Help! My dog says hello to everyone!
(Q) We have a one-year-old Labrador. We got her when she was four months old. We were her second home because her first family decided they didn’t like the not-so-cute pup any more. As we weren’t around for that crucial socialising period, we don’t know how much she has been socialised. She is very friendly to all dogs and people, but when on walks, she will run over to every dog to say hello. Is there any way I can change this?
(A) Behaviourist Steve Goward says: Sometimes when dogs haven’t had the opportunity to socialise with other dogs regularly, a rebound behaviour can occur, which means the previously thwarted social experiences become even more important than usual. Of course, it could just be that you have a particularly sociable dog.
Either way, I would tackle this problem with two main points to focus on. Firstly, ensure there are plenty of opportunities for your dog to meet and play with appropriate dogs in a safe setting.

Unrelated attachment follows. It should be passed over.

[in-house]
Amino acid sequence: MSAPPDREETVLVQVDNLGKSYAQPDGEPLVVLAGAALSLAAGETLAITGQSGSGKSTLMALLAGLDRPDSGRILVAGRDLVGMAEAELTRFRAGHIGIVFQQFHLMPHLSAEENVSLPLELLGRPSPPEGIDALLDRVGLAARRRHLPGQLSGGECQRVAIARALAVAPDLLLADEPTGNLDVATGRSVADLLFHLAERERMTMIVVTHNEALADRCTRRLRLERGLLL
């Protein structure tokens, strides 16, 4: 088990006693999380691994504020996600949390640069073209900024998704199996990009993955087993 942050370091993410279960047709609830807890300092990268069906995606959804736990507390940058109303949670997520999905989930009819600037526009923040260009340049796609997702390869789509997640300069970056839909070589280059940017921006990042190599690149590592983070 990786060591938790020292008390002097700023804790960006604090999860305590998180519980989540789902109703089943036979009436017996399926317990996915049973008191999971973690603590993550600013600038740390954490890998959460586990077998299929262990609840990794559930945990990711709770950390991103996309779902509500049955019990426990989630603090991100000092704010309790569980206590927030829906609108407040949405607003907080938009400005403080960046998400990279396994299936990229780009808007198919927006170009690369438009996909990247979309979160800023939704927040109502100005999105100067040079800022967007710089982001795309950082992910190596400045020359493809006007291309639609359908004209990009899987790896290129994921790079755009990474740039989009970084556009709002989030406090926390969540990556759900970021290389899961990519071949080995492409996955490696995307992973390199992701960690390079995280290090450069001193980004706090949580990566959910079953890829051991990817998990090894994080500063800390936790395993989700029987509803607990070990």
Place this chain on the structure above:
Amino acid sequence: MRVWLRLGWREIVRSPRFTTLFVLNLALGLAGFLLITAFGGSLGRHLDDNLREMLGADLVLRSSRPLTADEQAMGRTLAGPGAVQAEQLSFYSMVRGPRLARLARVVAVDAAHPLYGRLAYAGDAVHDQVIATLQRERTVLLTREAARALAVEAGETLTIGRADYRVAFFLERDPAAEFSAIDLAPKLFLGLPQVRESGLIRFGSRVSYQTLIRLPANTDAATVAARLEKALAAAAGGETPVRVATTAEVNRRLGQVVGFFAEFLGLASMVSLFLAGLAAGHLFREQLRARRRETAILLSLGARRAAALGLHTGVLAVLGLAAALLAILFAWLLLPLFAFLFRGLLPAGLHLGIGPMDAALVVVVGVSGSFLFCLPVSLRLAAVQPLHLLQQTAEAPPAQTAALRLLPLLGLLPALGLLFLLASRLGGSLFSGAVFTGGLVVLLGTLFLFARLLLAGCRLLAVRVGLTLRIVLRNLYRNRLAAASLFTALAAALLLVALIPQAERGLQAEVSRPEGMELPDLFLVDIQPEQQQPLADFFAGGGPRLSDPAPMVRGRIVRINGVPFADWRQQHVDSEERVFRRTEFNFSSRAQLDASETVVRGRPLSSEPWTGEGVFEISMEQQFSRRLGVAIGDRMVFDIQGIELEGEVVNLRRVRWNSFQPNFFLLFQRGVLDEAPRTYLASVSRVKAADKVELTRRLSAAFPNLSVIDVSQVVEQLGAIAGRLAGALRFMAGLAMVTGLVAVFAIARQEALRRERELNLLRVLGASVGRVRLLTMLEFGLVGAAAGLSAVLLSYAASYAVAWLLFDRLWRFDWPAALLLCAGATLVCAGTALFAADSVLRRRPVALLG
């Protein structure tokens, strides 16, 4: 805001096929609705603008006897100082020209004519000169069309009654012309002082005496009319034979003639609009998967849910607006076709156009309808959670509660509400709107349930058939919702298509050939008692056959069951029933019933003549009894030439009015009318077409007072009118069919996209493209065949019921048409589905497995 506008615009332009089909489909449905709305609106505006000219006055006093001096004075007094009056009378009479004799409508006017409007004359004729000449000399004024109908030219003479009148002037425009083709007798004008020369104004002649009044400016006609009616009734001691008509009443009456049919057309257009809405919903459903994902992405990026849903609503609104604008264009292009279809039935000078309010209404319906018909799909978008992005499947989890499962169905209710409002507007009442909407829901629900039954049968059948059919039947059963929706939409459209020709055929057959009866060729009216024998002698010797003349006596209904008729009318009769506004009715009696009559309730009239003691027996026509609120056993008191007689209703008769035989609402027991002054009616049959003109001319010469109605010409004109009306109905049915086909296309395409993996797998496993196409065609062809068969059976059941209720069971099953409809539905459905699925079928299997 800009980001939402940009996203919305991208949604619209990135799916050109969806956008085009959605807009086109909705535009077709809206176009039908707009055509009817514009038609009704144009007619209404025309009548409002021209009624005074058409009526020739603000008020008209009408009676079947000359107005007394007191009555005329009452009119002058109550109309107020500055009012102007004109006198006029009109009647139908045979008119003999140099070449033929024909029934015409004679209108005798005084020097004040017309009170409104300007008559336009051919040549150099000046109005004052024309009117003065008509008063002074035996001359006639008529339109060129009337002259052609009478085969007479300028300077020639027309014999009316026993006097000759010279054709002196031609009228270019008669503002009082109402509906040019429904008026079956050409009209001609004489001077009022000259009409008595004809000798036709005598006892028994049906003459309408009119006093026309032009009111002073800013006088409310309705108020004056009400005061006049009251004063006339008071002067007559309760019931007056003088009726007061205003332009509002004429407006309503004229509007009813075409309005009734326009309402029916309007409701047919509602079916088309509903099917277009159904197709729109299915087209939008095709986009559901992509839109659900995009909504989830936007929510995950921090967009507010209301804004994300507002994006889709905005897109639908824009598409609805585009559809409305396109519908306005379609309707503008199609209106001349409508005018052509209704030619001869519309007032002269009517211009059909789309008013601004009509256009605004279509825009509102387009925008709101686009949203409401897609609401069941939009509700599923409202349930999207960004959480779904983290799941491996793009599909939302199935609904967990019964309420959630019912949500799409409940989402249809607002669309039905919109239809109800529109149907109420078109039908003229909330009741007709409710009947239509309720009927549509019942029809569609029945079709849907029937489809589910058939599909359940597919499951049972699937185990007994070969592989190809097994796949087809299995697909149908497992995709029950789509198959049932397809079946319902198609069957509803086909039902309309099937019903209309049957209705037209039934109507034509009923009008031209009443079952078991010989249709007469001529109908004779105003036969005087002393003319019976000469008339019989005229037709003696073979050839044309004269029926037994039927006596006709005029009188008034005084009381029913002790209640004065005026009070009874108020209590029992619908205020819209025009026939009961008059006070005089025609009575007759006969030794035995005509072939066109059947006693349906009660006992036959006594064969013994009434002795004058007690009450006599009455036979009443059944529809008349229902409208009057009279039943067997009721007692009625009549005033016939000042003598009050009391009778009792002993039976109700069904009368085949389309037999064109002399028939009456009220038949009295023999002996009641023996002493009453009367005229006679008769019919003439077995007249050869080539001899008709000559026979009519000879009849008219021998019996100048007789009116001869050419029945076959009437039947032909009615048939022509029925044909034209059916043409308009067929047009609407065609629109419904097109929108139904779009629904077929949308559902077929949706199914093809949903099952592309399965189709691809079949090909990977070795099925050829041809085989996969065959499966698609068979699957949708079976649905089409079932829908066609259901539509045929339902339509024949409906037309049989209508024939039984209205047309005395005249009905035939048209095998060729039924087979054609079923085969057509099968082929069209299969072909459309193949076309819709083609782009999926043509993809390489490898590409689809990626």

Secondly, teach her a really solid recall to keep her safe when out and about. Recall problems can occur for many reasons and although your Lab is friendly, not every dog she goes to visit may be as sociable. The use of a long line fixed to a harness can provide some security while you train her.
If your dog normally comes back when called with no distractions, start by getting her to come back to you as she heads off after something with less value than other dogs.
This could be a low-value treat, a toy, or a person. As she starts to head towards the distraction, call her back, making yourself more interesting than the object of her attention.
When she returns, reward her with a favourite treat, toy, or game, along with plenty of praise. It is important to start with low-value distractions and call her back before she gets too far away, as it is often harder for dogs to recall when they are well on their way to the target object.
Training classes could be a good way of implementing both parts of this programme — just be sure to attend classes that use positive training techniques and that allow the dogs to have some fun together.